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The great unraveling of the Bush Administration’s politically abusive prosecution of Governor Siegelman has just started. The Department of Justice is still busy coming up with new variations on “the dog ate my homework” in response to the House Judiciary Committee’s demand for documents. There is a lot to come out in the next weeks. When the dust has settled, we’re going to see that the prosecutors’ claims that the entire process was run beginning to end by nonpolitical, career attorneys are complete lies. Instead, we will learn that the process was dictated by politicos from the beginning to the end. We will learn that there are very good reasons to question the impartiality of the judge handling the case (stay tuned here as they unfold over the next two weeks). And we’ll get more details on the role that Bill Pryor, Bill Canary and, yes, Karl Rove played in the entire tale. So we’re just at the beginning right now.
But even at the beginning, with the Gonzales Justice Department, the Alabama GOP and their allied media in spin-overdrive shoveling out disinformation, the people of Alabama are slowly coming to understand the abuse that has been done.
In fact, in an informal poll put out in today’s Birmingham Business Journal, a slender majority of Alabamians – 50% – express the view that Governor Siegelman was the victim of a politically selective prosecution.
When the whole story’s out in all its lurid detail, I expect we’ll see that number reach 70% or 80%. There will always be the residual 20%-30% who take their news from the B’ham News and who believe the earth is flat.
Bill Canary and his wife Leura, Karl Rove, Alberto Gonzales and the political connivers who pushed the persecution of Donald Siegelman “misunderestimated” something important: Alabamians still have a sense of justice. And they know political thuggery when they see it.
More from Scott Horton:
Conversation — March 30, 2016, 3:44 pm
Joseph Hickman discusses his new book, The Burn Pits, which tells the story of thousands of U.S. soldiers who, after returning from Iraq and Afghanistan, have developed rare cancers and respiratory diseases.
Freddie Gray’s relatives arrived for the trial in the afternoon, after the prep-school kids had left. By their dress, they seemed to have just gotten off work in the medical and clerical fields. The family did not appear at ease in the courtroom. They winced and dropped their heads as William Porter and his fellow officer Zachary Novak testified to opening the doors of their police van last April and finding Freddie paralyzed, unresponsive, with mucus pooling at his mouth and nose. Four women and one man mournfully listened as the officers described needing to get gloves before they could touch him.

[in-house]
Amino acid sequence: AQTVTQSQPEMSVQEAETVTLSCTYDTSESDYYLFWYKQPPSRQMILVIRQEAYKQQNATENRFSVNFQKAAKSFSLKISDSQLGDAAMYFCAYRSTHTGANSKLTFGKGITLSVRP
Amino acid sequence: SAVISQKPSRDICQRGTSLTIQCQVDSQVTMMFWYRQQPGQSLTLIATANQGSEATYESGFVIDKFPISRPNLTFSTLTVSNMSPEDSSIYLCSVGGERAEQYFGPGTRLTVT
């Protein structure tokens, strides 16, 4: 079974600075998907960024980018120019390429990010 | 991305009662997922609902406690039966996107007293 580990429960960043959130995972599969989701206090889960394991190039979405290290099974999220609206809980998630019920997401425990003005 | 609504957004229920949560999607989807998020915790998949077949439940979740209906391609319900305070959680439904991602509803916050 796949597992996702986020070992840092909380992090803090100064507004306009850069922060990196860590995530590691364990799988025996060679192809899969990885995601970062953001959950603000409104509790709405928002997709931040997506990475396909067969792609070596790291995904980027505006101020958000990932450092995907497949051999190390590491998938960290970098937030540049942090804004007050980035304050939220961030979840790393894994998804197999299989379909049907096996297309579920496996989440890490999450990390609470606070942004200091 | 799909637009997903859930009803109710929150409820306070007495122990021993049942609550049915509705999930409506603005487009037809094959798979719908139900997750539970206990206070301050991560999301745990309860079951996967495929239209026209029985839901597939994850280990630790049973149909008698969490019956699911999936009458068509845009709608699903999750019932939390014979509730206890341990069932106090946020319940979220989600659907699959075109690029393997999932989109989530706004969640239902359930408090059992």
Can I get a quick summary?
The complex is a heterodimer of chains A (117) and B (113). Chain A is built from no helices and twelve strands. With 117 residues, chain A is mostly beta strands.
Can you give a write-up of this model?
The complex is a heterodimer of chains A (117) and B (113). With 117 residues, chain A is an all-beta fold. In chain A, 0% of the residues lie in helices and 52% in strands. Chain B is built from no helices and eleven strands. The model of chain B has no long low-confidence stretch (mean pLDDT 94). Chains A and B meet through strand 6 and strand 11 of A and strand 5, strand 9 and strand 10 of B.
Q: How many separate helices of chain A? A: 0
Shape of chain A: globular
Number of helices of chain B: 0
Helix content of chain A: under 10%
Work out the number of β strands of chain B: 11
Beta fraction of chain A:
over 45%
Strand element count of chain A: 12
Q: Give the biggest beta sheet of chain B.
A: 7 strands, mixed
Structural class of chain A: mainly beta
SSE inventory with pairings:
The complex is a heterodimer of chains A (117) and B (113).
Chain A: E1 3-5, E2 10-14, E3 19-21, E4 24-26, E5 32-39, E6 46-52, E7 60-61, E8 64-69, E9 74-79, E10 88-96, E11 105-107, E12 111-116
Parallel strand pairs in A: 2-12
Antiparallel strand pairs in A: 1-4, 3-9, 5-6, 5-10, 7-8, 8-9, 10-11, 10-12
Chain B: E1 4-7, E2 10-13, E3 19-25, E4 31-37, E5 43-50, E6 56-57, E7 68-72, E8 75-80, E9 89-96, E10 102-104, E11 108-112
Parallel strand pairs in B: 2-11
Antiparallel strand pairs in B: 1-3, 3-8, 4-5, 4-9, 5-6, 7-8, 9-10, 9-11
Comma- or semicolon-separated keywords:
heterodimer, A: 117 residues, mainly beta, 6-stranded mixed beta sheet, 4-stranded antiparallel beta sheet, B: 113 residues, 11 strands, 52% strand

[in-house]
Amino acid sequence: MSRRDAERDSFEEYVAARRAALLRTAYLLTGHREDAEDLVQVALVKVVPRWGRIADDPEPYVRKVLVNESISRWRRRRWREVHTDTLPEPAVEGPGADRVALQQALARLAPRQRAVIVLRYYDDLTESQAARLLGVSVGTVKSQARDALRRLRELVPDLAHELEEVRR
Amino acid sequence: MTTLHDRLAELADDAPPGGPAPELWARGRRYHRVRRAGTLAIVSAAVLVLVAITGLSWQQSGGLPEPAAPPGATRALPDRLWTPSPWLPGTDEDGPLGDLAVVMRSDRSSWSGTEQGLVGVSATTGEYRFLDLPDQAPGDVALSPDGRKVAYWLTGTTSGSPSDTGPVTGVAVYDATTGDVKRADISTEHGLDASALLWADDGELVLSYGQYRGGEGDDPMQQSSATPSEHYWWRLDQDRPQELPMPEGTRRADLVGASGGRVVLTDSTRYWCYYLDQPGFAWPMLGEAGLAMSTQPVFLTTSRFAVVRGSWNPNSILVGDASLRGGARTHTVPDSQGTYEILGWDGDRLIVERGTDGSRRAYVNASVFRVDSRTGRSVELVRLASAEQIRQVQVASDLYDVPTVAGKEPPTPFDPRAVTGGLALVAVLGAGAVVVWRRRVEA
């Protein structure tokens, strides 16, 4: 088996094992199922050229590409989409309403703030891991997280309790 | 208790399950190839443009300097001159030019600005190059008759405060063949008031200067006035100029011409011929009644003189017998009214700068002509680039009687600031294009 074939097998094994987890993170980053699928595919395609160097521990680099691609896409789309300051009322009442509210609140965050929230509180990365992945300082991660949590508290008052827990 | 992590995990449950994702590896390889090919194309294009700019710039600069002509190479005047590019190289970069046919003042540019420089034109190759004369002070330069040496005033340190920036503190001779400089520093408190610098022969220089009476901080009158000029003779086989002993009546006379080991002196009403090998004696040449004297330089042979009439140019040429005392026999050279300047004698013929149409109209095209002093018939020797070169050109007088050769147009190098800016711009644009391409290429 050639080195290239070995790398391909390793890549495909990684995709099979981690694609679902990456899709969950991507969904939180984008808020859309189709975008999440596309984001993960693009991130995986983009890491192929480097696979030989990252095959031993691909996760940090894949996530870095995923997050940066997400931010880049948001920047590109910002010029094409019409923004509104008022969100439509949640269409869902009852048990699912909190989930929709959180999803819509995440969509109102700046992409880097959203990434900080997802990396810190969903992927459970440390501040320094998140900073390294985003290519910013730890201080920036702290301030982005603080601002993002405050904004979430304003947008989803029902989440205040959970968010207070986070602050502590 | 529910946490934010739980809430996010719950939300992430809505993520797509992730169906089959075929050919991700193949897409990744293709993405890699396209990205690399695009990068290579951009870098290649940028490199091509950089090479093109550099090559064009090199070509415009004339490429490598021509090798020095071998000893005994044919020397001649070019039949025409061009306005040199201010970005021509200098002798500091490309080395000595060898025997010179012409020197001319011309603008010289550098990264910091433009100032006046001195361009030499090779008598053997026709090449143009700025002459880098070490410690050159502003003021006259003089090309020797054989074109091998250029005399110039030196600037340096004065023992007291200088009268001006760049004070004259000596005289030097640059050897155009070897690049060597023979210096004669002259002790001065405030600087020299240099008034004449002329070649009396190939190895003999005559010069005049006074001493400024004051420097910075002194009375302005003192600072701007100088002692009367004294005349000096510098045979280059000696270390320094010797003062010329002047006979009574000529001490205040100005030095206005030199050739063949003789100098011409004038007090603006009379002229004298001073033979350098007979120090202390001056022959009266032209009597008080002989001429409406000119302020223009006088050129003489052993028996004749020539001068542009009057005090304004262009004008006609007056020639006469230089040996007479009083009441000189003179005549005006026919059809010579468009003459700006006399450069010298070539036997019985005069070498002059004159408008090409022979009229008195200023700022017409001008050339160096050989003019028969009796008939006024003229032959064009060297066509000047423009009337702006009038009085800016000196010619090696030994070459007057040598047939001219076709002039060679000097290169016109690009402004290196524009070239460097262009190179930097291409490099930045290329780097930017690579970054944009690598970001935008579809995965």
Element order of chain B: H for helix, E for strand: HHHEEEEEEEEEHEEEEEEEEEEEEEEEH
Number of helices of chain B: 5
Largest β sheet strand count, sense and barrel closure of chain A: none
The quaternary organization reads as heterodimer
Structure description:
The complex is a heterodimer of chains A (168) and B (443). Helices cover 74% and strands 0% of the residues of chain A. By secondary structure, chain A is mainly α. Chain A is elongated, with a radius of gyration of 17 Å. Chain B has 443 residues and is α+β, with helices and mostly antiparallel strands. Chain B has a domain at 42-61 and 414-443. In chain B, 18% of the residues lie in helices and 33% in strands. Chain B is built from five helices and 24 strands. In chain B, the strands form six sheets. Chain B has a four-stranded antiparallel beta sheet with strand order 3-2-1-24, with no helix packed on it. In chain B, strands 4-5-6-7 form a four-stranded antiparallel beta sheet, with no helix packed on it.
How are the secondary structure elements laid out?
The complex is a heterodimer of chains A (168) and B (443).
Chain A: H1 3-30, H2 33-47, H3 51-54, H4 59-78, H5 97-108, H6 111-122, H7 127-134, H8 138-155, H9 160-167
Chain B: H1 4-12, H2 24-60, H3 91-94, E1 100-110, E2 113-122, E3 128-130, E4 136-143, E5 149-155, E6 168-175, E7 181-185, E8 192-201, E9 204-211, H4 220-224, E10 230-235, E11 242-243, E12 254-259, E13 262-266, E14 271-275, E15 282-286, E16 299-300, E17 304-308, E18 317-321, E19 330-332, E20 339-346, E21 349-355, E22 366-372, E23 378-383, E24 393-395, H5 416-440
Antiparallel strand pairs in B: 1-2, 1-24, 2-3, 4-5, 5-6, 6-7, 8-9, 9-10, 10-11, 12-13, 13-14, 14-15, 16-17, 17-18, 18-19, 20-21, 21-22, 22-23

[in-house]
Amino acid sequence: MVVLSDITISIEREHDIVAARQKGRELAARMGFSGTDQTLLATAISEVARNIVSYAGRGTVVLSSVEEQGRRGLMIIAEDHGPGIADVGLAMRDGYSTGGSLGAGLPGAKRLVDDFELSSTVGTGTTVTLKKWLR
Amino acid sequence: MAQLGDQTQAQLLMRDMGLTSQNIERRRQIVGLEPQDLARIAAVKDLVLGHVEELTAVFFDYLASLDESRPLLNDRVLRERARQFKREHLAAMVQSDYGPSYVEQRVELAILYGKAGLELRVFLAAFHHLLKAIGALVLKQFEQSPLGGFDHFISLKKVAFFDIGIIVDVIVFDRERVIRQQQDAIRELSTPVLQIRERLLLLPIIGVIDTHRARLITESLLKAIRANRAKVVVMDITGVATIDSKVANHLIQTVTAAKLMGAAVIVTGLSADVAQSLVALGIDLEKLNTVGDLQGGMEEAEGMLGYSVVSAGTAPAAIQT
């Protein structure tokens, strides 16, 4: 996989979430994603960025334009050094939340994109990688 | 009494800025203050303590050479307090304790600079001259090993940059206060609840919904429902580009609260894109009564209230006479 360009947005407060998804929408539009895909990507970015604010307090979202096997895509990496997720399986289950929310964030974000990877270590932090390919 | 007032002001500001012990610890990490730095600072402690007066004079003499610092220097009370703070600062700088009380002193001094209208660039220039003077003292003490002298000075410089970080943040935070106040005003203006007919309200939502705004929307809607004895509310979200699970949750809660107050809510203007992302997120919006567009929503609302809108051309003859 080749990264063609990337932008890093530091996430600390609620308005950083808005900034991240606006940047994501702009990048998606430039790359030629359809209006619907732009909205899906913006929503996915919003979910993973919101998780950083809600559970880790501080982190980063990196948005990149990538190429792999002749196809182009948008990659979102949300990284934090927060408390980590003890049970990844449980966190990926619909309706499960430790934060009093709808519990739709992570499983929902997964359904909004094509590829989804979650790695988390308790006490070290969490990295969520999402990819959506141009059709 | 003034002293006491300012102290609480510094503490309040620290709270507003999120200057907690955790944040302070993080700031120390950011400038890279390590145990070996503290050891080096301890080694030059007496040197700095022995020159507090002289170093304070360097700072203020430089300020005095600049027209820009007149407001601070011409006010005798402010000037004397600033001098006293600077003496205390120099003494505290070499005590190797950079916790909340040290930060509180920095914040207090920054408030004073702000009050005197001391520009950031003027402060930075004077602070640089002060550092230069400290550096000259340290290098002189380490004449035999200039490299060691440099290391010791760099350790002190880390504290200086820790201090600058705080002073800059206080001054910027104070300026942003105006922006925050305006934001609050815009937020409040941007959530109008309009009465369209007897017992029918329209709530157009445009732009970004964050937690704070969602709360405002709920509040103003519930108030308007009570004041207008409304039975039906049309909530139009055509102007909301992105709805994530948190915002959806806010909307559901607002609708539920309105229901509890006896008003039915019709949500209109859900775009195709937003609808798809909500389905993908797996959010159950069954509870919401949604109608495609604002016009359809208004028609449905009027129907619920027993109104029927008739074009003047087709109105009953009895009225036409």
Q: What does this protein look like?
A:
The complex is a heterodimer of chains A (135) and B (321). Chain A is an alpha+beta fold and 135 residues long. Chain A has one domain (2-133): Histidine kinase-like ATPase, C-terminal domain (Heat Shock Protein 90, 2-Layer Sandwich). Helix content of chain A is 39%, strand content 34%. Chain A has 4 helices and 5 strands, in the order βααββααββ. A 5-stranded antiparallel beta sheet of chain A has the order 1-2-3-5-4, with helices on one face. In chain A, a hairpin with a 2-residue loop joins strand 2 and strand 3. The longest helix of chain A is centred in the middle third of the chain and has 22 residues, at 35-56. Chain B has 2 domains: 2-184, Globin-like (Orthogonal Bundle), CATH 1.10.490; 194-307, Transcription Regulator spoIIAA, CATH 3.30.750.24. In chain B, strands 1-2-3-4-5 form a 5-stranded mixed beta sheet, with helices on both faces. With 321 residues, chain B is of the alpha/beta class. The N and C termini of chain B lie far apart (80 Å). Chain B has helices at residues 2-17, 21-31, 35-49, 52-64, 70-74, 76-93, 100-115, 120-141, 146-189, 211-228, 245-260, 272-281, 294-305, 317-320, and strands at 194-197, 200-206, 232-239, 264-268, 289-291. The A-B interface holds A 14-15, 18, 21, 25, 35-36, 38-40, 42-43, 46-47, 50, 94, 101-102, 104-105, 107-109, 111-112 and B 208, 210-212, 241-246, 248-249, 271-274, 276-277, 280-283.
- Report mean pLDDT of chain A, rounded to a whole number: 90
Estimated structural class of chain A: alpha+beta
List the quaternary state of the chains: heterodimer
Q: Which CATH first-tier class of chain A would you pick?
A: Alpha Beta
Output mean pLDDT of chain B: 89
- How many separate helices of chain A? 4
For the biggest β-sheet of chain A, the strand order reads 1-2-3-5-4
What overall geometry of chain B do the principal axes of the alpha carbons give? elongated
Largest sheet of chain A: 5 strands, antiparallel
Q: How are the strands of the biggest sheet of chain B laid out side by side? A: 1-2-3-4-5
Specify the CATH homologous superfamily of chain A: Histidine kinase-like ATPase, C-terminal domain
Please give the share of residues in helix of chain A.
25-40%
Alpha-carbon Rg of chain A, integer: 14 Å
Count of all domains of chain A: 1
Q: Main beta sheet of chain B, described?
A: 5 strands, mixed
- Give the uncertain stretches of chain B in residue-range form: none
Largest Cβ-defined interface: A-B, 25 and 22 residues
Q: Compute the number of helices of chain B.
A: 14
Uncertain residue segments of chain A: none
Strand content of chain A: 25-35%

The first of six Baltimore police officers to be brought before the court for their treatment of Freddie Gray, a black twenty-five-year-old whose death in their custody was the immediate cause of the city’s uprising last spring, William Porter is young, black, and on trial. Here in this courtroom, in this city, in this nation, race and the future seem so intertwined as to be the same thing.
Percentage of British citizens who say that Northern Ireland should remain part of the United Kingdom:
In the United Kingdom, a penis-shaped Kentish strawberry was not made by snails.
The Playboy mansion in California was bought by the heir to the Twinkie fortune, and a New Mexico man set fire to his apartment to protest his neighbors’ loud lovemaking.
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“Matt was happy enough to sustain himself on the detritus of a world he saw as careening toward self-destruction, and equally happy to scam a government he despised. 'I’m glad everyone’s so wasteful,' he told me. 'It supports my lifestyle.'”